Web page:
Being in the NBA is a pretty amazing accomplishment. Making it this far means you beat out basically the entire global male population, joining an ultra exclusive club of 450 members. Standing out from your peers in that club is hard. Standing out as a Point Guard in that club is even harder. At a time when there are more high level PGs than ever before, it sometimes takes more than an individual’s numbers to separate themselves from the crowd. You need a story – think Isaiah Thomas and his new moniker, The King of the Fourth. You need huge individual numbers – Russell Westbrook and his 33 triple doubles. You need to improve your team, or for your team to improve – James Harden and the likely 3 seed Rockets.
Just like when you catch a hint of side boob from a beautiful woman, John Wall has been teasing us for years. It tantalizes you, excites you, but ultimately leaves you unsatisfied and wanting more. John Wall feels like he has made a leap this year, finally cementing his place among the top Point Guards in the league and leading the Wizards to new heights. His game has improved, his team has improved, and the story surrounding the team has changed dramatically compared to 7 months ago.
John Wall feels different this year, but is he? Do the numbers match the eye test? Has Wall separated himself from the Tier 2 PGs and taken a seat at the big boys table? That is harder to tell.
How is this for improvement – career highs in Points, Assists, FG%, TS%, Steals, Offensive Rating and PER. He has his best % from 15-19 feet in 2 years and is scoring on 67% of his drives, per nba.com/stats. Wall has leveraged his passing to aid his scoring, and his scoring to aid his passing. All of this is resulting in a 41-26 record and a legitimate shot at the first 50 win season Washington have had since before Scott Brooks was a NBA player.
Wall has made modest gains in his shooting inside the arc, but his confidence creates opportunities for himself and others. Not being afraid to shoot, as well as occasionally hitting some shots, means better spacing for everyone. Wall is not elite at this yet, but every little bit helps.
Looking at where the Wizards and Wall sit now, it would be easy to forget how this season started. His head coach not retained. Double knee surgery. His back court teammate getting a lucrative 5 year extension, making Wall the best player on the team but not the best compensated. The admission that he and Brad Beal didn’t really get along. Then starting the season 2-8. The vultures were circling.
Fast forward to present: as of writing Wall has played in 65/67 games and Washington have been one of the hottest teams since the calendar flipped to 2017, with a 25-10 record.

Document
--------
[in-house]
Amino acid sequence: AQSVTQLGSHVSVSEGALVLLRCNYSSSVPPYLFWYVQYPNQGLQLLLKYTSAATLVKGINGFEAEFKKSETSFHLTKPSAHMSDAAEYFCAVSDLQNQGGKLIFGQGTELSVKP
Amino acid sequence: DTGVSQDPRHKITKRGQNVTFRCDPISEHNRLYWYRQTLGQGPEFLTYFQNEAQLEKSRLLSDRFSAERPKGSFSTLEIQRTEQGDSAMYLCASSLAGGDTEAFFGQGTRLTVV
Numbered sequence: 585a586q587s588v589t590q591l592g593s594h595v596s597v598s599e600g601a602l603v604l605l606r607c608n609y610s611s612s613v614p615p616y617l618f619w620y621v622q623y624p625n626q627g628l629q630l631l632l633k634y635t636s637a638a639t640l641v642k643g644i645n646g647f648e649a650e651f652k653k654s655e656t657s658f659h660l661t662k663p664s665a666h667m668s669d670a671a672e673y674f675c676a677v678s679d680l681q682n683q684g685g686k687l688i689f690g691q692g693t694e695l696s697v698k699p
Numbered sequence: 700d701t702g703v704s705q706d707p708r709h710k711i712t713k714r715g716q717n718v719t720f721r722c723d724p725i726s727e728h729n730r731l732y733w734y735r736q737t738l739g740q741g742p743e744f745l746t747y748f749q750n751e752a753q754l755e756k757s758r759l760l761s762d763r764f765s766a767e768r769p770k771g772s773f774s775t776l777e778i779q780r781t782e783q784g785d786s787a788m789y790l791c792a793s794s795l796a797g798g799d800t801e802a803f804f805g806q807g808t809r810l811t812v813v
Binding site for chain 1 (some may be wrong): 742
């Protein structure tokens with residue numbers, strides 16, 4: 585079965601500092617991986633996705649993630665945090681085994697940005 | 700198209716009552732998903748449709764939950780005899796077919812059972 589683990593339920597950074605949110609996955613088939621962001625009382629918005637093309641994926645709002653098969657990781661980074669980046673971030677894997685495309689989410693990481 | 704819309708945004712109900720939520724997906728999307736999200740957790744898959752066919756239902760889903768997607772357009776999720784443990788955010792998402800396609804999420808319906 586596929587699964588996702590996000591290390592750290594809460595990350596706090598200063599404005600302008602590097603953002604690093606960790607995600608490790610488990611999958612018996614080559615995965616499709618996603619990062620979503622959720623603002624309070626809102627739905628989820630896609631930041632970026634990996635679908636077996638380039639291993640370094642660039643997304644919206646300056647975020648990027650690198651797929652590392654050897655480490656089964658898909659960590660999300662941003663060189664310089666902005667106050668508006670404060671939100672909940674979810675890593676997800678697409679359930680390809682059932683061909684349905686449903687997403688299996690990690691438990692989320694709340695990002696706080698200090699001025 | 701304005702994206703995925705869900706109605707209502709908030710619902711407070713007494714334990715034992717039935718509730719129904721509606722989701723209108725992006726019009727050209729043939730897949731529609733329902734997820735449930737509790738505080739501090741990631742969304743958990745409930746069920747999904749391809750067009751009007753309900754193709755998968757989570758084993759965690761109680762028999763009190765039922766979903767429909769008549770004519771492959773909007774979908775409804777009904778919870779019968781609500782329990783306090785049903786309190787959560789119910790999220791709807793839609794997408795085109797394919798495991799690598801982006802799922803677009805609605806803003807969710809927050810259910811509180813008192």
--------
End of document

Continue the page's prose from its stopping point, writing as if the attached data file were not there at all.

Despite the improvements across the board, Wall is still in the middle of the pack when you compare him to the other elite PGs. Thomas has gone from
basically nothing pick 60 to become an offensive dynamo similar to James Harden. Speaking of Harden, both he and Westbrook are having seasons for the ages. Steph Curry is having a down year by his lofty standards but still bends games like few players can. Paul, Lillard, Irving and Lowry have all played at a high level.
When looking at the numbers, shooting stands out as the one area that holds Wall back from leaving the crowded 2nd tier and joining the vaunted group of Harden, Curry and Westbrook. Wall is actually having a down year when it comes to the 3 ball and his efficiency numbers bare the weight of that statistic. He ranks far behind Lillard, Irving, Paul, Lowry and Thomas when it comes to 2 point and 3 point percentages. Partly as a result, his Offensive Rating of 111.4 is below Curry, Harden, Paul, Lowry, Irving and Thomas (and Brad Beal).
When it comes to the pick and roll, Wall again lags behind. He only averages 0.85 points per possession as a finisher, a far cry from Isaiah Thomas’s leading 1.07 for players who have appeared in 40+ games and average 2 possessions using ball screens. Lillard, Lowry, Curry, Harden and Irving all average more, as well as a crop of other guards including Eric Bledsoe, Mike Conley, Jeff Teague and Derrick Rose.
On the other side of the ball, Wall has dipped a little, but still offers more than the most other guards. He ranks 2nd in all point guards (min 40 games played) in FG% differential at -3.5, as well as 3FG% differential at -5.1, trailing only Jrue Holiday in both categories. When it comes to Defensive Win Shares, Wall has been the best of the ‘Tier 2’ guys.
When looking at overall impact from the 1 position, Wall ranks 3rd in ESPN’s Estimated Wins Added, 7th for Real Plus Minus, 7th for Value Over Replacement Player and 6th in PER. There is a very short list of players you would want orchestrating the Wizards instead of Wall.